US9020452B2 - Envelope power supply calibration of a multi-mode radio frequency power amplifier - Google Patents

Envelope power supply calibration of a multi-mode radio frequency power amplifier Download PDF

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US9020452B2
US9020452B2 US14/010,617 US201314010617A US9020452B2 US 9020452 B2 US9020452 B2 US 9020452B2 US 201314010617 A US201314010617 A US 201314010617A US 9020452 B2 US9020452 B2 US 9020452B2
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rf
mode
circuitry
pa
power supply
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US20130344828A1 (en
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Brian Baxter
Jason Millard
Roman Zbigniew Arkiszewski
Steven Selby
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Qorvo US Inc
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RF Micro Devices Inc
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Assigned to RF MICRO DEVICES, INC. reassignment RF MICRO DEVICES, INC. ASSIGNMENT OF ASSIGNORS INTEREST (SEE DOCUMENT FOR DETAILS). Assignors: ARKISZEWSKI, ROMAN ZBIGNIEW, MILLARD, JASON, SELBY, STEVEN, BAXTER, BRIAN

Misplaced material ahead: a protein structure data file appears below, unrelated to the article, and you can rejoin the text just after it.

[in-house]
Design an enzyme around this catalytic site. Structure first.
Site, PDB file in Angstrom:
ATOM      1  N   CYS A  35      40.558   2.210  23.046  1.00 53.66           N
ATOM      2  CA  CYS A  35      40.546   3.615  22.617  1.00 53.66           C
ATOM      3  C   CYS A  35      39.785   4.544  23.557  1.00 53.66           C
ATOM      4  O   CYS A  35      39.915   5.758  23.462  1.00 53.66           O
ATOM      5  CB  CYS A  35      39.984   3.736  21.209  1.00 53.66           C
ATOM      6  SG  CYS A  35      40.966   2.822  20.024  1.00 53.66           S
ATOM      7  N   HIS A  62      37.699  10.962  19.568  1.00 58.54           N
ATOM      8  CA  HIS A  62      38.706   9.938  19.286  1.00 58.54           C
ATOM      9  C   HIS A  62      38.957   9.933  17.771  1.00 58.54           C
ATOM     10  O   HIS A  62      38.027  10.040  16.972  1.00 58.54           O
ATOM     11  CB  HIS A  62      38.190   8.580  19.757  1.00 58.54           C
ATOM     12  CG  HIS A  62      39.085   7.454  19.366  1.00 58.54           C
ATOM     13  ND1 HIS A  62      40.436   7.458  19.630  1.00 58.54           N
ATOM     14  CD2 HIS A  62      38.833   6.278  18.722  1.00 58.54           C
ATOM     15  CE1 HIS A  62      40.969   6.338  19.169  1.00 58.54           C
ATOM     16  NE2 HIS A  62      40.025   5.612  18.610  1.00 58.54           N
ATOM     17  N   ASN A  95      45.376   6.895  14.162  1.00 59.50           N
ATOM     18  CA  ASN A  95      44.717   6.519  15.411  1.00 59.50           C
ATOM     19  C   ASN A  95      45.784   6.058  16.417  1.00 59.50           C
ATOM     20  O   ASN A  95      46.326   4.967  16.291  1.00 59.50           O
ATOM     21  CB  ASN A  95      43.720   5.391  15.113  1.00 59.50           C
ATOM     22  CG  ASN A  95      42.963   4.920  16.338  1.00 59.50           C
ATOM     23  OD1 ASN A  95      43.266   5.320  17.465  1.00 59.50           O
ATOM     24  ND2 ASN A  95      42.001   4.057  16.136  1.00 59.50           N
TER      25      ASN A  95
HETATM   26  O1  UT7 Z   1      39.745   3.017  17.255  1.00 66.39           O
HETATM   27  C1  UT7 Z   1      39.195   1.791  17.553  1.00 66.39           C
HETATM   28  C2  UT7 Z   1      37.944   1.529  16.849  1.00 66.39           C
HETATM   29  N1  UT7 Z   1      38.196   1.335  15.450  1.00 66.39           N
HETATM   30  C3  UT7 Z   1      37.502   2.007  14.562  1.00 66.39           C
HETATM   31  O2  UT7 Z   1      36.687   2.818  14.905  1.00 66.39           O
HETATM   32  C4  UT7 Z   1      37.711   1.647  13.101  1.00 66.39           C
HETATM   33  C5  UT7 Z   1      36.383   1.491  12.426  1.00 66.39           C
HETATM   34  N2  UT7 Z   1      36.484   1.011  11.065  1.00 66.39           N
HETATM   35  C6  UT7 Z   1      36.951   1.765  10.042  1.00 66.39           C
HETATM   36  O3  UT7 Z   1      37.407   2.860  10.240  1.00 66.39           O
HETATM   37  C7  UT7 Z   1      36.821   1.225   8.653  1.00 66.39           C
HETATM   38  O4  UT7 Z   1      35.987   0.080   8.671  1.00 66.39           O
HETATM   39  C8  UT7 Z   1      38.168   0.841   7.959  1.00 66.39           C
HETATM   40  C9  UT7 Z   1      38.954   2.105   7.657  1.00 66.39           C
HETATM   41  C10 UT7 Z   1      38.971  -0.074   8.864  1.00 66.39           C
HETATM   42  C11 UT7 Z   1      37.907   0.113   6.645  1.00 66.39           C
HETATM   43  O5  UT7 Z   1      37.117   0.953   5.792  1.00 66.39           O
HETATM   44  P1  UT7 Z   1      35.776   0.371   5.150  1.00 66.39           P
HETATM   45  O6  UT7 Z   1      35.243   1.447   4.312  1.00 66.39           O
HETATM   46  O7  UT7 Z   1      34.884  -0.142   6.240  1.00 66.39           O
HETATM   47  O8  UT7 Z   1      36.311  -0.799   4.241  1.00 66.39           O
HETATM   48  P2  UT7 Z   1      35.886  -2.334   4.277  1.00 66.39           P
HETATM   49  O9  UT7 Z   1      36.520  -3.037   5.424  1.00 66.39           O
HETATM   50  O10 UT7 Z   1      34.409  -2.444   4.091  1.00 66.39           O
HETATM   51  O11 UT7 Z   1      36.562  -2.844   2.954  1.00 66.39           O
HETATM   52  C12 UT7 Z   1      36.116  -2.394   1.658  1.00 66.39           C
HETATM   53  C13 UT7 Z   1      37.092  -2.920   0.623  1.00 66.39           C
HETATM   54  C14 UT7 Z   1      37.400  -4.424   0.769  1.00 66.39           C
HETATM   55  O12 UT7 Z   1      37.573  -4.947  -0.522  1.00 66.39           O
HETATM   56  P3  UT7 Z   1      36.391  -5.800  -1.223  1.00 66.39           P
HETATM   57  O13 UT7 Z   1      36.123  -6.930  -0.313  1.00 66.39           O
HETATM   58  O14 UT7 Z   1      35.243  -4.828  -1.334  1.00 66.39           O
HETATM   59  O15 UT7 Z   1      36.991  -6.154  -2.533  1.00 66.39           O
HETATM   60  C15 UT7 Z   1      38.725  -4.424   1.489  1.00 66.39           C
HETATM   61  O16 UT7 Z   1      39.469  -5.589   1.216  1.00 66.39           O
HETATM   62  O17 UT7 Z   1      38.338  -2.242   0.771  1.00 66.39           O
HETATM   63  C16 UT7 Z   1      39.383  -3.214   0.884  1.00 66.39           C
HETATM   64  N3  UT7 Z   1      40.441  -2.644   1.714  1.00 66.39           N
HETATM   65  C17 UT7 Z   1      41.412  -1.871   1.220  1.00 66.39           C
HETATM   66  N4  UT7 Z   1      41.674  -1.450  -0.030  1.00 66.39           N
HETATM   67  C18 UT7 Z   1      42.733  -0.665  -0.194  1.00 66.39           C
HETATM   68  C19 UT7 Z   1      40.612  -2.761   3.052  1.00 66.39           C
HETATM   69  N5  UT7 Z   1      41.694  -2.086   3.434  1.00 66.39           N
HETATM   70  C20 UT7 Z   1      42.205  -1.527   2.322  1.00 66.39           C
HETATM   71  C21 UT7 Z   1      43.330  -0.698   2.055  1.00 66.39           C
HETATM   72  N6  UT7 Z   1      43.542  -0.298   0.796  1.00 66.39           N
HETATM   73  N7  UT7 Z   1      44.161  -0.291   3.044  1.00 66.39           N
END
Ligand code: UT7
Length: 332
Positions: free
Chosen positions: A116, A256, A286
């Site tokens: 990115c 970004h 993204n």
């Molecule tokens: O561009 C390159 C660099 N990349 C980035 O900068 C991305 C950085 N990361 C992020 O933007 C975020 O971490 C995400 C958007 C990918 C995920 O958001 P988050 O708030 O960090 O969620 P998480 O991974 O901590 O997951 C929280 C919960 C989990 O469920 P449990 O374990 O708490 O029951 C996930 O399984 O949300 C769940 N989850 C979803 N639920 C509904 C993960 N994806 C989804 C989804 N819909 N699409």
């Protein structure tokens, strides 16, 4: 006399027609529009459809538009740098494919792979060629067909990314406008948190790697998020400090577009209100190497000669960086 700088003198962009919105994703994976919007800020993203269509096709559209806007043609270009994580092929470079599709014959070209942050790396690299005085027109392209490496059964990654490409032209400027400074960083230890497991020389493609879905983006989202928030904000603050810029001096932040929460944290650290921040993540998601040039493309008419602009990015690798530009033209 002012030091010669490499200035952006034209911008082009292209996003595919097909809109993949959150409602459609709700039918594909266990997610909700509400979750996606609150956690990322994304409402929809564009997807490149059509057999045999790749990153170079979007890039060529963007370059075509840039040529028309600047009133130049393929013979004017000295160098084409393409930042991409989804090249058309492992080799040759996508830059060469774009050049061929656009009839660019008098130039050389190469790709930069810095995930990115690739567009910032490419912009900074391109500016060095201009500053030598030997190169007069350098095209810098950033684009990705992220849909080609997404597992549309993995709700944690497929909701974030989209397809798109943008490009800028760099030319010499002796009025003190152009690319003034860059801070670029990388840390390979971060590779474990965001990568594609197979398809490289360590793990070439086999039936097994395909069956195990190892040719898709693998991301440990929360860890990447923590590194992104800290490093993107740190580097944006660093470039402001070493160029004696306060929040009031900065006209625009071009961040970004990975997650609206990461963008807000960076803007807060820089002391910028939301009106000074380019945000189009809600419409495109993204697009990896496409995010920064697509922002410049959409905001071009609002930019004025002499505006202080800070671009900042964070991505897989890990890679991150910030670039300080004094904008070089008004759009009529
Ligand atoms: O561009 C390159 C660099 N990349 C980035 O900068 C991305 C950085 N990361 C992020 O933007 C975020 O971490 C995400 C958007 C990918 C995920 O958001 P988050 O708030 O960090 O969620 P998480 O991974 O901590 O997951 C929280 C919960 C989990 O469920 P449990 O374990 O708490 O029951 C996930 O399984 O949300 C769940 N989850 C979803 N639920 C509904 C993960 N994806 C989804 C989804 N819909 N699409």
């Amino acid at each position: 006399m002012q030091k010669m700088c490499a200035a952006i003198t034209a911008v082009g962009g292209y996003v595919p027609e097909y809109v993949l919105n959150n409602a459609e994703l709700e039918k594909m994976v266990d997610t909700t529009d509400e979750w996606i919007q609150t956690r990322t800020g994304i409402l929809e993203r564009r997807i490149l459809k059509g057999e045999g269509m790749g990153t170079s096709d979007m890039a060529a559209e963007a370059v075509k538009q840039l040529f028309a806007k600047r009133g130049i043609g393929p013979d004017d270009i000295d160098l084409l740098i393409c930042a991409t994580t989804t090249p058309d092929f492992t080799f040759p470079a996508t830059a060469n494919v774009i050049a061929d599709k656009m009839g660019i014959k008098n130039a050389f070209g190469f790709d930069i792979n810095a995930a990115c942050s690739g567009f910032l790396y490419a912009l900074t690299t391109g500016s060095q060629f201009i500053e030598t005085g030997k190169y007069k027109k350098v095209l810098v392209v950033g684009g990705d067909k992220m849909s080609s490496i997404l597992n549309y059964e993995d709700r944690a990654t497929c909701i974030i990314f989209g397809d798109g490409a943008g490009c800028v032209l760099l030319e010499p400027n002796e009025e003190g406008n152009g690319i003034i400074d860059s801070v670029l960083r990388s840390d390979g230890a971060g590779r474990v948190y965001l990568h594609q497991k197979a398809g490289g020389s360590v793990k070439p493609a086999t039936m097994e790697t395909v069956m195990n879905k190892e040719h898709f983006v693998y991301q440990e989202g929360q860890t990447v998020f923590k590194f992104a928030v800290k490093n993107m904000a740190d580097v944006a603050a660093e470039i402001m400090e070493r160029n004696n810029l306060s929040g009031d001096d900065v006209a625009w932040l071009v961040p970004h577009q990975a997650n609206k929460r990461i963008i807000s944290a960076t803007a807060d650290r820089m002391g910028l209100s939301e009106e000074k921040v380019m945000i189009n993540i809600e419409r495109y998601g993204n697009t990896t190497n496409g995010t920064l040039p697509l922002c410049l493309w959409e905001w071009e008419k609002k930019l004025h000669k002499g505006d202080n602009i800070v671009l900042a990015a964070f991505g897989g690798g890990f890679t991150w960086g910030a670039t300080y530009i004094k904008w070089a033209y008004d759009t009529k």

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    • HELECTRICITY
    • H03BASIC ELECTRONIC CIRCUITRY
    • H03GCONTROL OF AMPLIFICATION
    • H03G99/00Subject matter not provided for in other groups of this subclass
    • HELECTRICITY
    • H03BASIC ELECTRONIC CIRCUITRY
    • H03GCONTROL OF AMPLIFICATION
    • H03G3/00Gain control in amplifiers or frequency changers without distortion of the input signal
    • H03G3/20Automatic control
    • HELECTRICITY
    • H03BASIC ELECTRONIC CIRCUITRY
    • H03GCONTROL OF AMPLIFICATION
    • H03G3/00Gain control in amplifiers or frequency changers without distortion of the input signal
    • H03G3/20Automatic control
    • H03G3/30Automatic control in amplifiers having semiconductor devices
    • H03G3/3036Automatic control in amplifiers having semiconductor devices in high-frequency amplifiers or in frequency-changers
    • H03G3/3042Automatic control in amplifiers having semiconductor devices in high-frequency amplifiers or in frequency-changers in modulators, frequency-changers, transmitters or power amplifiers
    • HELECTRICITY
    • H04ELECTRIC COMMUNICATION TECHNIQUE
    • H04BTRANSMISSION
    • H04B1/00Details of transmission systems, not covered by a single one of groups H04B3/00 - H04B13/00; Details of transmission systems not characterised by the medium used for transmission
    • H04B1/62Details of transmission systems, not covered by a single one of groups H04B3/00 - H04B13/00; Details of transmission systems not characterised by the medium used for transmission for providing a predistortion of the signal in the transmitter and corresponding correction in the receiver, e.g. for improving the signal/noise ratio

Abstract